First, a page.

ASEE 129th Annual Conference
One of the biggest challenges in teaching civil engineering students a theory-intensive course like structural analysis is helping students make the connection between the engineering mechanics taught at the front of the room and how those concepts define the real behavior of actual engineered structures. Absent this connection, students will often learn how to successfully perform the mathematical functions on their homework assignments but lack confidence in their ability to apply the same concepts to the analysis or design of an actual structure. Common ways to try to provide this real-world application of structural analysis principles include the use of small-scale physical models, often referred to as desktop learning modules (DLMs), software modeling, or case studies of full-scale structures. Each of these options possesses a significant limitation when it comes to helping students form cognitive connections: DLMs often lack adaptability or measurability, software helps provide visualization of engineering mechanics but lacks a connection to actual physical behavior, and full-scale structures are rarely able to be loaded to produce observable behavior. An ideal learning experience for students would include the synthesis of all of these tools to help students develop cognitive connections between mechanics principles, engineering design tools, and real-world structures through hands-on and problem-based learning.
A popular, recently developed, commercially available structural modeling DLM (Mola Structural Kit; no association with the authors) provides a high enough level of structural simulation and adaptability that it should allow for the kind of learning synthesis that has traditionally been challenging to produce. The Mola DLM permits students to create a variety of structural models that can reasonably approximate case studies of real structural behaviors in a manner that can be measured and compared to models developed using structural analysis software. The purpose of this study is to evaluate the effectiveness of an approach combining RISA 3D structural engineering software, the Mola physical model, and examples from actual structural systems at helping students form correct cognitive connections between principles of engineering mechanics and the behaviors of real structures.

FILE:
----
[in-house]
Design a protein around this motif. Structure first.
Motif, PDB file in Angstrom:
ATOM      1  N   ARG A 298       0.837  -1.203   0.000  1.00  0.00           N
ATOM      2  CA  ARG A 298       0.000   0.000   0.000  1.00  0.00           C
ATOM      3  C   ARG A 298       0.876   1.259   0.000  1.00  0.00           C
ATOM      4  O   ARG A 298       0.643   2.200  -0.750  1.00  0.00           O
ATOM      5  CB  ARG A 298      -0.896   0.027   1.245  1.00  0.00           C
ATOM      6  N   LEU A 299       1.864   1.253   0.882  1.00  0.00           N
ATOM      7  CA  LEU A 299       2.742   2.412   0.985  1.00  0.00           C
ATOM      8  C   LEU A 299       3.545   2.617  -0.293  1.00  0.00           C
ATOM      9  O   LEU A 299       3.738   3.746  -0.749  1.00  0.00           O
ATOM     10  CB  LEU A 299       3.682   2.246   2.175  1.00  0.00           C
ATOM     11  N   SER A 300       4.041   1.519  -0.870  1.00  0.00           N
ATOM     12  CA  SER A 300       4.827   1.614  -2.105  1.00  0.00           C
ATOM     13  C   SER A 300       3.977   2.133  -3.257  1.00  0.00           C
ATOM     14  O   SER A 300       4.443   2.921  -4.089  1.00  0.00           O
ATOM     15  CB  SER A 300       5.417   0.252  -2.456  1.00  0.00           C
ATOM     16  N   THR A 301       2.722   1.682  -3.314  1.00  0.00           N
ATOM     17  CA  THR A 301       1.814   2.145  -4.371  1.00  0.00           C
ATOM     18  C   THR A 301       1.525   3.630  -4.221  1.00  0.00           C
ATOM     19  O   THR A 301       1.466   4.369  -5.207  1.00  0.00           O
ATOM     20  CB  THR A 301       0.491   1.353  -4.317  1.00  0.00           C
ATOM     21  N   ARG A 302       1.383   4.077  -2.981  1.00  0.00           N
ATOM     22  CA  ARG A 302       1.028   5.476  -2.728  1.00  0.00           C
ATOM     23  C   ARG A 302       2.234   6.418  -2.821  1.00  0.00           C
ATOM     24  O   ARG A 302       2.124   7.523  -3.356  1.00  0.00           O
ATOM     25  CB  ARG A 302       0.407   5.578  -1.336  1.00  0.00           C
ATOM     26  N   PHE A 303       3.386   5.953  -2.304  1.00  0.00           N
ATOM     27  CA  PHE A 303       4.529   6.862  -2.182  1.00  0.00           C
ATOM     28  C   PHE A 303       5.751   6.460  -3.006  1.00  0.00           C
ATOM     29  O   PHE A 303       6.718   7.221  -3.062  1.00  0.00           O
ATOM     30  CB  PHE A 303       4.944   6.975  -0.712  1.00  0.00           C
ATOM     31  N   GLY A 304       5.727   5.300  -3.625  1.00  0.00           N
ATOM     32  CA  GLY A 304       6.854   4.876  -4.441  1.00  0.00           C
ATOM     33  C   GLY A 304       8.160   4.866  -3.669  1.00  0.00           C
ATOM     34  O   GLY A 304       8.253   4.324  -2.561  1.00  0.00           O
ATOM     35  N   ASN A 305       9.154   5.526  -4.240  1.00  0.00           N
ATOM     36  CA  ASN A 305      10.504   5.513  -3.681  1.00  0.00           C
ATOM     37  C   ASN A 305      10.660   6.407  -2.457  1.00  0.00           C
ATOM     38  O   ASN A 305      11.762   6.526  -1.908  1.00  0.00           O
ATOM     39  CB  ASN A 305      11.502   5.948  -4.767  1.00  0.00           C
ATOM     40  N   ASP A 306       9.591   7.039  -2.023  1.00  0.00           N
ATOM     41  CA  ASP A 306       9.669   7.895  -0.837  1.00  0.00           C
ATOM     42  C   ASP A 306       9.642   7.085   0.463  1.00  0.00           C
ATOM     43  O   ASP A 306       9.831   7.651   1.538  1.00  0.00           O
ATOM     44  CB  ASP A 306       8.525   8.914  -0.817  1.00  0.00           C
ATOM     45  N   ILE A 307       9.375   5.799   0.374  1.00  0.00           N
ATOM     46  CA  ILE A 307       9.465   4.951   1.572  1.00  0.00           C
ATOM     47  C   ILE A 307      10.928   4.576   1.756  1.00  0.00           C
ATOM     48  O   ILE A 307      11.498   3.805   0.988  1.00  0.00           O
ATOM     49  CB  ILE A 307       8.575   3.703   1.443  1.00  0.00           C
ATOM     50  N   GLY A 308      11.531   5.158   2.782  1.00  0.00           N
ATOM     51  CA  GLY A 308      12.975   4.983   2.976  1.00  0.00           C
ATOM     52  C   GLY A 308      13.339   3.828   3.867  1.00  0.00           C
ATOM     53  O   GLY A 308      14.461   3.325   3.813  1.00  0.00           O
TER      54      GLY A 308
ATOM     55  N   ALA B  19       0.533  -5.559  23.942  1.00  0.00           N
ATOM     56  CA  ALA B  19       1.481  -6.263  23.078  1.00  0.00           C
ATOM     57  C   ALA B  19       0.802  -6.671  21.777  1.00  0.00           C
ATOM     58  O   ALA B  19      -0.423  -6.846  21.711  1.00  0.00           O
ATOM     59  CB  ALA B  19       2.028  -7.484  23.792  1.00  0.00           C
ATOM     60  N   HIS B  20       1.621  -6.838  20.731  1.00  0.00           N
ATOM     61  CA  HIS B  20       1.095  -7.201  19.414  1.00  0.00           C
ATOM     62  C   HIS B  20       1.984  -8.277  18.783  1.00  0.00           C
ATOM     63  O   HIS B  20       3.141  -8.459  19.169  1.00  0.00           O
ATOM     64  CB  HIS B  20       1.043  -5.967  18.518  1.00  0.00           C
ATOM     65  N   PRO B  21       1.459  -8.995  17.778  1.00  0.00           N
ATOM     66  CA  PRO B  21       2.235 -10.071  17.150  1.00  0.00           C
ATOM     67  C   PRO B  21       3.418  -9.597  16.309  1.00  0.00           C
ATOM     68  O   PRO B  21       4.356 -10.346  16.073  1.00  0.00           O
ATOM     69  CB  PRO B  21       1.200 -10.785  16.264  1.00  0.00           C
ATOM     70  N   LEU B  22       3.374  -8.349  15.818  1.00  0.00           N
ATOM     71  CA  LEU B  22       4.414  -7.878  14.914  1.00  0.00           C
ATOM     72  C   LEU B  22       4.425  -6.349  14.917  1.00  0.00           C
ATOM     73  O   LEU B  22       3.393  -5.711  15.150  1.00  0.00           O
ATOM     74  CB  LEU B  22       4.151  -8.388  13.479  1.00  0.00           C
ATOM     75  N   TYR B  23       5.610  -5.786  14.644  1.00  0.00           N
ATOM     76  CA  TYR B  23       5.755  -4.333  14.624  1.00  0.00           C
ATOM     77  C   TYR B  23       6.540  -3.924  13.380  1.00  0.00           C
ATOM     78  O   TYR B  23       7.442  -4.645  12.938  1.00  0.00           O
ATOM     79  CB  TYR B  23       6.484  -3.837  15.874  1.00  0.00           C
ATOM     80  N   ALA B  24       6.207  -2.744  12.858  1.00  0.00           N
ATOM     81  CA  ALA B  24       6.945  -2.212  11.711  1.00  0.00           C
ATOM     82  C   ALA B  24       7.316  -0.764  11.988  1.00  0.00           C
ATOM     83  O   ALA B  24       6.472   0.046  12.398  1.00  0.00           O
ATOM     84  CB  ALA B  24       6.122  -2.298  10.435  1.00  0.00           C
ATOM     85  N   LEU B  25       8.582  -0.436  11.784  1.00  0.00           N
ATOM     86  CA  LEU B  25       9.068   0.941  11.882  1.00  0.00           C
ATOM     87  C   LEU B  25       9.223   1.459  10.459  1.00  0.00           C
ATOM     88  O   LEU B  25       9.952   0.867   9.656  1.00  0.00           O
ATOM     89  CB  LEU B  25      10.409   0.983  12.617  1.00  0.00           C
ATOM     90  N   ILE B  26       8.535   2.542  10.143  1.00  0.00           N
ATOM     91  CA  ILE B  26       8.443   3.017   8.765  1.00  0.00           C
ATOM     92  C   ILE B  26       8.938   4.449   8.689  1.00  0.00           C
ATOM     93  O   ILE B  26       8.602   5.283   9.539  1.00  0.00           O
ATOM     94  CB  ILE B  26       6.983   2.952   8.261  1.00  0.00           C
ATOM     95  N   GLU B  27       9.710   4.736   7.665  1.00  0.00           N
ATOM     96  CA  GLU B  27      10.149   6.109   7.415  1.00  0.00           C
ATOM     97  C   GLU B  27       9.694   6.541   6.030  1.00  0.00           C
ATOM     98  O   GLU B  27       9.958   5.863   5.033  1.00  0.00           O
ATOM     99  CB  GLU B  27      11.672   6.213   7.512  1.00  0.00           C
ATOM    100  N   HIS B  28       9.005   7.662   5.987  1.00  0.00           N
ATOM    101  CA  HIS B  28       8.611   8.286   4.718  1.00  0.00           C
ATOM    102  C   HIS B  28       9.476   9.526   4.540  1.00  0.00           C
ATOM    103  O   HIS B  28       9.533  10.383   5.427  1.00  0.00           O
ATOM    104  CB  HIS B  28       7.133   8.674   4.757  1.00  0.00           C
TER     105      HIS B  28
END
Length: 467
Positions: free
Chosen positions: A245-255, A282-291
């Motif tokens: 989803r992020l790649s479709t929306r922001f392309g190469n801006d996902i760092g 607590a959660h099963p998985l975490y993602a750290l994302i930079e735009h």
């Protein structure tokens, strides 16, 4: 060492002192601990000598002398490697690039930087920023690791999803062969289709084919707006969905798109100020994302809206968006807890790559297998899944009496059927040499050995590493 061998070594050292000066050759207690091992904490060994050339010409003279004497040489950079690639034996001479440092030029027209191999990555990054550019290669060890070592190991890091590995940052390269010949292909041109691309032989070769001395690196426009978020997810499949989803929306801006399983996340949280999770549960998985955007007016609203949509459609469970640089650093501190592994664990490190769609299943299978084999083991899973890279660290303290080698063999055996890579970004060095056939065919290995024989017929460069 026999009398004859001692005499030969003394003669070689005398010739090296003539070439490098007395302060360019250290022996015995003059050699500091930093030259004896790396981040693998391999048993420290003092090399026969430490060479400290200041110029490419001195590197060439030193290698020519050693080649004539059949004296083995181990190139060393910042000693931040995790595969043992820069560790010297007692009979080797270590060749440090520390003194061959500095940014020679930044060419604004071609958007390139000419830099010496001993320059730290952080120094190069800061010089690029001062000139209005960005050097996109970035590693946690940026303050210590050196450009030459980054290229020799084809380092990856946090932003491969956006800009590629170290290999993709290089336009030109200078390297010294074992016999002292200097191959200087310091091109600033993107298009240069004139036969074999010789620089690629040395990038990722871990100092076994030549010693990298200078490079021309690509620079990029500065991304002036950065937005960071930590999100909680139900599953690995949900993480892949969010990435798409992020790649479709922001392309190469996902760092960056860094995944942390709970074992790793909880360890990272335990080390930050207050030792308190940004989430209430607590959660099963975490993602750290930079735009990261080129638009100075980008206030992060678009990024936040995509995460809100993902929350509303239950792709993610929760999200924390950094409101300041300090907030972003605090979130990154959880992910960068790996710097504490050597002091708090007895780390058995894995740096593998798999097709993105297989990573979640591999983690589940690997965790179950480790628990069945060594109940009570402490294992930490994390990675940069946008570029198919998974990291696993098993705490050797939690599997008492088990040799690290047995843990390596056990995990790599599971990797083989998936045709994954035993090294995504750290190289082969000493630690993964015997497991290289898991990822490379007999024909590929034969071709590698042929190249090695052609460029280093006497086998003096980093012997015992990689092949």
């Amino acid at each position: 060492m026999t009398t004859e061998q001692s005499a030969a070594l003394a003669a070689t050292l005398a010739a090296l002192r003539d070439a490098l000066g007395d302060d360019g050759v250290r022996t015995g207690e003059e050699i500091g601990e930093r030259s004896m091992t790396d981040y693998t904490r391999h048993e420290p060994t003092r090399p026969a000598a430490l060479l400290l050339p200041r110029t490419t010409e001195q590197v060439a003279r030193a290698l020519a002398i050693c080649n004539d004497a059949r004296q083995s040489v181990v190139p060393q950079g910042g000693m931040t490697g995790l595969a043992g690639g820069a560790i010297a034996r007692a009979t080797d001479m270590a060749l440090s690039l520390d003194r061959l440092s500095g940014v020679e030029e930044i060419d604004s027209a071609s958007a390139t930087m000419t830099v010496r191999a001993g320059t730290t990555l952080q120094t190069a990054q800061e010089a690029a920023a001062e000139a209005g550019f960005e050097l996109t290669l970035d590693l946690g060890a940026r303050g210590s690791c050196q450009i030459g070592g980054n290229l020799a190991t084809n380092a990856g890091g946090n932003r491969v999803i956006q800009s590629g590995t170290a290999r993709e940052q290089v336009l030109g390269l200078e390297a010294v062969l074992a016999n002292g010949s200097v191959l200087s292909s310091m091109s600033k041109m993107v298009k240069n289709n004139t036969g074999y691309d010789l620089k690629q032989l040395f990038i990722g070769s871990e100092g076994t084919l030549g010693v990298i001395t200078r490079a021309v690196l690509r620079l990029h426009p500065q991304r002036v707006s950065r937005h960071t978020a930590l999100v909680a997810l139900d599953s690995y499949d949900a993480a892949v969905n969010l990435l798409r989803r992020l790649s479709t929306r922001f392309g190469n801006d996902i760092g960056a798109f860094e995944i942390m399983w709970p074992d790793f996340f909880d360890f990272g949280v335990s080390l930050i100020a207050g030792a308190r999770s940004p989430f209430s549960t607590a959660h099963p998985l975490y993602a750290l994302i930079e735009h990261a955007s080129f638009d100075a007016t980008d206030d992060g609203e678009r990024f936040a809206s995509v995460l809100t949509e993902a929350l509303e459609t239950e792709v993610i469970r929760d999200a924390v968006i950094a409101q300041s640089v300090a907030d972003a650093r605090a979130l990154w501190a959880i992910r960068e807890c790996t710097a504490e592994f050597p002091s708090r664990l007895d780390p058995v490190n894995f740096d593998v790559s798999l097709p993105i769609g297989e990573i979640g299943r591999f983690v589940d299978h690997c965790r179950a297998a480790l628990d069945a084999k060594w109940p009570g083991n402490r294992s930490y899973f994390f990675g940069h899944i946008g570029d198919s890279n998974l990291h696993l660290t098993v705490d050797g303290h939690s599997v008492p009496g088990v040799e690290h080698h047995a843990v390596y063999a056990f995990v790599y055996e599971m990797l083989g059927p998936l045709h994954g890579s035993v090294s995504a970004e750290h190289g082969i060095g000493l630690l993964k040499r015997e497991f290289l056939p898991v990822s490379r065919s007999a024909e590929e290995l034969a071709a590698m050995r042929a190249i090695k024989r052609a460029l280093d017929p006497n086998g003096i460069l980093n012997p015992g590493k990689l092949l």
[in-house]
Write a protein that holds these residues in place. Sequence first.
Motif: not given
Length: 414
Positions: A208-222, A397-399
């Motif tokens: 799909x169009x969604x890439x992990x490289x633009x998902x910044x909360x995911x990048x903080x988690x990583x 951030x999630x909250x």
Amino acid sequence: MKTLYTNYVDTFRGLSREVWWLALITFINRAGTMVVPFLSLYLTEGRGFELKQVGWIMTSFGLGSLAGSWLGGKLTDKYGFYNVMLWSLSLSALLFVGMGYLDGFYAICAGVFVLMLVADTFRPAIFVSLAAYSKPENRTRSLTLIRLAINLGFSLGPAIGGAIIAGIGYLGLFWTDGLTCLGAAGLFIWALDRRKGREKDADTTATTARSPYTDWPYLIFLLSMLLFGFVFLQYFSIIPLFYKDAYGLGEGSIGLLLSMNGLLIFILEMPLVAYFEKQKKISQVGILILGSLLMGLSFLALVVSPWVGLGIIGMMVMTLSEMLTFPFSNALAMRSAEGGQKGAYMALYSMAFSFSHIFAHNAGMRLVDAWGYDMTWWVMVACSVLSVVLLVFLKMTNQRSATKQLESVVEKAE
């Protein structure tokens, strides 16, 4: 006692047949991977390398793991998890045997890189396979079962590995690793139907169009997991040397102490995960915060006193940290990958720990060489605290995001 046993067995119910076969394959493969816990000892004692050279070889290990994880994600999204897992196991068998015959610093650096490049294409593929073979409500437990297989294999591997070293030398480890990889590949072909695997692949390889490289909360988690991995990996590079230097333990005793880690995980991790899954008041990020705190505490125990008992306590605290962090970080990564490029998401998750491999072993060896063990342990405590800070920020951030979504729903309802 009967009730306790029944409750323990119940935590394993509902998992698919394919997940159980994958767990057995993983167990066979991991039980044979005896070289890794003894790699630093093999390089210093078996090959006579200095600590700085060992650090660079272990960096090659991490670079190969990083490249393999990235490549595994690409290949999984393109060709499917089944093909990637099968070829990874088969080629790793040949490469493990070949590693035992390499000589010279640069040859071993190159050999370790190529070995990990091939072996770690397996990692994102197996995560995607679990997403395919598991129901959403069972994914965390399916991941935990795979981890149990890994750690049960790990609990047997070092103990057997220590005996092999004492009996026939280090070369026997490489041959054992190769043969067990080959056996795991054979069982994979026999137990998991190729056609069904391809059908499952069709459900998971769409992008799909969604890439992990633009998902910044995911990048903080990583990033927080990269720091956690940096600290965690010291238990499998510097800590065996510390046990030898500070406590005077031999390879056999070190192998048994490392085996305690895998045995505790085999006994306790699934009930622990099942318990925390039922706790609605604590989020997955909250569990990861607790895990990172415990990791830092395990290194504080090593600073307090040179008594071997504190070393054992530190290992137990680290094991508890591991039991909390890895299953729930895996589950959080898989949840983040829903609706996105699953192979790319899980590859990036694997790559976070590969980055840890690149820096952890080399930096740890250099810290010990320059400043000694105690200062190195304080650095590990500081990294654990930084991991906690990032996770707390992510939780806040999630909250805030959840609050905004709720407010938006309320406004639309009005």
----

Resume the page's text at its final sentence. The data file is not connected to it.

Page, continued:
Preparation for this study involved mechanically characterizing Mola components, developing parameters for implementation in structural analysis software, and validating the process of comparison between physical and computational models. Once the concept was confirmed to be practicable, worksheet-driven activities were developed and conducted in two undergraduate engineering classes. For these activities, students worked in small groups as they considered real-world applications of either portal frames or lateral force resisting systems, built Mola and structural analysis software models that reflected these real structural systems, then compared the modeled behaviors to practical applications of these concepts. Assessment was conducted via a mixed methods study using quantitative pre- and post-assessments and a small selection of follow-up interviews. Results suggest that students completing the activities demonstrated an increased ability to connect the concepts displayed by the physical models to the behaviors of the computational models and the applications in real-world structures. However, these gains did not seem to be uniform across all students, and modifications to the activity in future iterations may be able to further increase this and similar activities’ effectiveness.
Dittenber, David and Fredette, Luke Thomas, "Forming Congnitive Connections: Desktop Learning Modules, Structural Analysis Software, and Full-Scale Structures" (2022). Engineering and Computer Science Faculty Publications. 469.
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